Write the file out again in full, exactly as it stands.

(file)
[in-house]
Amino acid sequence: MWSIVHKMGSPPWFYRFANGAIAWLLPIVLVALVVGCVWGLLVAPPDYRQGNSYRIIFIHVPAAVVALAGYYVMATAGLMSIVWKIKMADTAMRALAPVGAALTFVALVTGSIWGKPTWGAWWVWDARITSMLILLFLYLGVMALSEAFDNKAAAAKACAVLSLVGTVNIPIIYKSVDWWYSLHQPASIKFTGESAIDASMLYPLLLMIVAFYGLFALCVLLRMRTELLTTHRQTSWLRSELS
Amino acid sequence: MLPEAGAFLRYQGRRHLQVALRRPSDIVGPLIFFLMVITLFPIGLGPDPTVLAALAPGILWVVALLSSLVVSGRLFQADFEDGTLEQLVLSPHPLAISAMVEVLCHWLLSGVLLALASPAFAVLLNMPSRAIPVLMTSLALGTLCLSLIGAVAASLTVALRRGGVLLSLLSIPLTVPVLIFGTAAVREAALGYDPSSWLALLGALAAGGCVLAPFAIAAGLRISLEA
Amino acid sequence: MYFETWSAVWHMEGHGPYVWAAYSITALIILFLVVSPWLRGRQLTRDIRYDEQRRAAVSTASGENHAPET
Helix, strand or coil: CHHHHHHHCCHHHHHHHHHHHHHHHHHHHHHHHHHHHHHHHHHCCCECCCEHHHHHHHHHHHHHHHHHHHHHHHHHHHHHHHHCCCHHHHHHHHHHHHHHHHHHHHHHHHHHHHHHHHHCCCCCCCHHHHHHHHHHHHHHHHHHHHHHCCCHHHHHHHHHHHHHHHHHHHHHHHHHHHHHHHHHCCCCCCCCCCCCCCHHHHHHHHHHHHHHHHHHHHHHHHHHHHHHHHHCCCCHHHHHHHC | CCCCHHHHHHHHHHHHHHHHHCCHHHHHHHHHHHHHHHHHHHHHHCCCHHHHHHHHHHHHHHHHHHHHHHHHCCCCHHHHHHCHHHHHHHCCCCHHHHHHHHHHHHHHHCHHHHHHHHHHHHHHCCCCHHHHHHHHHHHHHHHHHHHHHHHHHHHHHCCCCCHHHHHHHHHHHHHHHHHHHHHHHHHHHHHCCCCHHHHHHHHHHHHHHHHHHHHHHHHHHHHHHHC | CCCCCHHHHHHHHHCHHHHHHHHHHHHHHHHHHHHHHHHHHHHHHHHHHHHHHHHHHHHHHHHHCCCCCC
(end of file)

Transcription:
[in-house]
Amino acid sequence: MWSIVHKMGSPPWFYRFANGAIAWLLPIVLVALVVGCVWGLLVAPPDYRQGNSYRIIFIHVPAAVVALAGYYVMATAGLMSIVWKIKMADTAMRALAPVGAALTFVALVTGSIWGKPTWGAWWVWDARITSMLILLFLYLGVMALSEAFDNKAAAAKACAVLSLVGTVNIPIIYKSVDWWYSLHQPASIKFTGESAIDASMLYPLLLMIVAFYGLFALCVLLRMRTELLTTHRQTSWLRSELS
Amino acid sequence: MLPEAGAFLRYQGRRHLQVALRRPSDIVGPLIFFLMVITLFPIGLGPDPTVLAALAPGILWVVALLSSLVVSGRLFQADFEDGTLEQLVLSPHPLAISAMVEVLCHWLLSGVLLALASPAFAVLLNMPSRAIPVLMTSLALGTLCLSLIGAVAASLTVALRRGGVLLSLLSIPLTVPVLIFGTAAVREAALGYDPSSWLALLGALAAGGCVLAPFAIAAGLRISLEA
Amino acid sequence: MYFETWSAVWHMEGHGPYVWAAYSITALIILFLVVSPWLRGRQLTRDIRYDEQRRAAVSTASGENHAPET
Helix, strand or coil: CHHHHHHHCCHHHHHHHHHHHHHHHHHHHHHHHHHHHHHHHHHCCCECCCEHHHHHHHHHHHHHHHHHHHHHHHHHHHHHHHHCCCHHHHHHHHHHHHHHHHHHHHHHHHHHHHHHHHHCCCCCCCHHHHHHHHHHHHHHHHHHHHHHCCCHHHHHHHHHHHHHHHHHHHHHHHHHHHHHHHHHCCCCCCCCCCCCCCHHHHHHHHHHHHHHHHHHHHHHHHHHHHHHHHHCCCCHHHHHHHC | CCCCHHHHHHHHHHHHHHHHHCCHHHHHHHHHHHHHHHHHHHHHHCCCHHHHHHHHHHHHHHHHHHHHHHHHCCCCHHHHHHCHHHHHHHCCCCHHHHHHHHHHHHHHHCHHHHHHHHHHHHHHCCCCHHHHHHHHHHHHHHHHHHHHHHHHHHHHHCCCCCHHHHHHHHHHHHHHHHHHHHHHHHHHHHHCCCCHHHHHHHHHHHHHHHHHHHHHHHHHHHHHHHC | CCCCCHHHHHHHHHCHHHHHHHHHHHHHHHHHHHHHHHHHHHHHHHHHHHHHHHHHHHHHHHHHCCCCCC